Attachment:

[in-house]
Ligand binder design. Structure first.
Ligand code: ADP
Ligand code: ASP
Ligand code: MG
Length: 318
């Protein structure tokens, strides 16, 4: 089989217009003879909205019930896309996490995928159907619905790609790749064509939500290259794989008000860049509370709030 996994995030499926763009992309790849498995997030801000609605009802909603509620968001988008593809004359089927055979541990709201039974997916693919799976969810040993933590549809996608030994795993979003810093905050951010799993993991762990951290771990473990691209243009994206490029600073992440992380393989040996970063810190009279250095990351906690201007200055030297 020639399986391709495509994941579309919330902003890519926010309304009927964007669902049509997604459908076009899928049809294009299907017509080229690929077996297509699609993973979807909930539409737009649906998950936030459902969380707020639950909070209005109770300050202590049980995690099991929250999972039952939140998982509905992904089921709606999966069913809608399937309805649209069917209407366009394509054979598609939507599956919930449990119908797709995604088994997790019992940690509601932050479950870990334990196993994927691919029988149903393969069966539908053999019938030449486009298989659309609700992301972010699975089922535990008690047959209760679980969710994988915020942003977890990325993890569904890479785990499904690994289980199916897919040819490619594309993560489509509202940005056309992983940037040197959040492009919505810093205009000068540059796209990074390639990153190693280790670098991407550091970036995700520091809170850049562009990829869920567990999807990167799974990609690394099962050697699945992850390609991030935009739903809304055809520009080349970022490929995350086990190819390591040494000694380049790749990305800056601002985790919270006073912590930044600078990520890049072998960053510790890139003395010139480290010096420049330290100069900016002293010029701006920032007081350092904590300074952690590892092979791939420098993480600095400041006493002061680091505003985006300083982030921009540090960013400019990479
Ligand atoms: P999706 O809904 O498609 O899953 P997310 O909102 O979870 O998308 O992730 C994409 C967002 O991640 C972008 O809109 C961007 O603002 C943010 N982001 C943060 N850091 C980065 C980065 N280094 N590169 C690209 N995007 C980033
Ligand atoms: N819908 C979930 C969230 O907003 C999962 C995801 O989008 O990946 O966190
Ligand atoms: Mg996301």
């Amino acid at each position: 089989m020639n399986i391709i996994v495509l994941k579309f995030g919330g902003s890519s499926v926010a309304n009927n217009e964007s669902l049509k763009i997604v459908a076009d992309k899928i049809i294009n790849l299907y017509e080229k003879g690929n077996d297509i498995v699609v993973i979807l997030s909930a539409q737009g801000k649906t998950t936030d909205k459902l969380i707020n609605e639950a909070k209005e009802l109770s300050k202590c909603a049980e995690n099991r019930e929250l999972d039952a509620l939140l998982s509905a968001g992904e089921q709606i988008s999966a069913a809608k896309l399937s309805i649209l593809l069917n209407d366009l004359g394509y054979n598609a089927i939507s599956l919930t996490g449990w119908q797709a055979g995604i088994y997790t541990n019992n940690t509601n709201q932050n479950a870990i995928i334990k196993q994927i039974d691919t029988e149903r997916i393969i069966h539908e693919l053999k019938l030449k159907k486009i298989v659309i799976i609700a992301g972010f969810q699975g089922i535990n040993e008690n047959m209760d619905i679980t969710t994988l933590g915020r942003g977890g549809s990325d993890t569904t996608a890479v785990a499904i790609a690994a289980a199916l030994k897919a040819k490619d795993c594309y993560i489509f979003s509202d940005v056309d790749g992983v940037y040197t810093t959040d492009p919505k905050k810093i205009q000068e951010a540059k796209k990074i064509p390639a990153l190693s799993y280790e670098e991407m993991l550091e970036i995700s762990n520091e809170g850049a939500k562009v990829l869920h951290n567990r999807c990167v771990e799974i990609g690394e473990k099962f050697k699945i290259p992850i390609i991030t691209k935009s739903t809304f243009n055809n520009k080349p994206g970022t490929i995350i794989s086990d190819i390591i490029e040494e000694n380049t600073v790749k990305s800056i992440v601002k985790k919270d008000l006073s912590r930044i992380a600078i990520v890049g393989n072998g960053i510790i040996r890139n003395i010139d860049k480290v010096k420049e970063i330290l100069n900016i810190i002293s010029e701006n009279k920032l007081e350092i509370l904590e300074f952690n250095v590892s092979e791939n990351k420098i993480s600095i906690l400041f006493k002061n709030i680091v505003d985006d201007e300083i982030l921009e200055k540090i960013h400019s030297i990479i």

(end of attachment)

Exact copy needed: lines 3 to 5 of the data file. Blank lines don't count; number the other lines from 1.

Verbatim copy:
Ligand code: ADP
Ligand code: ASP
Ligand code: MG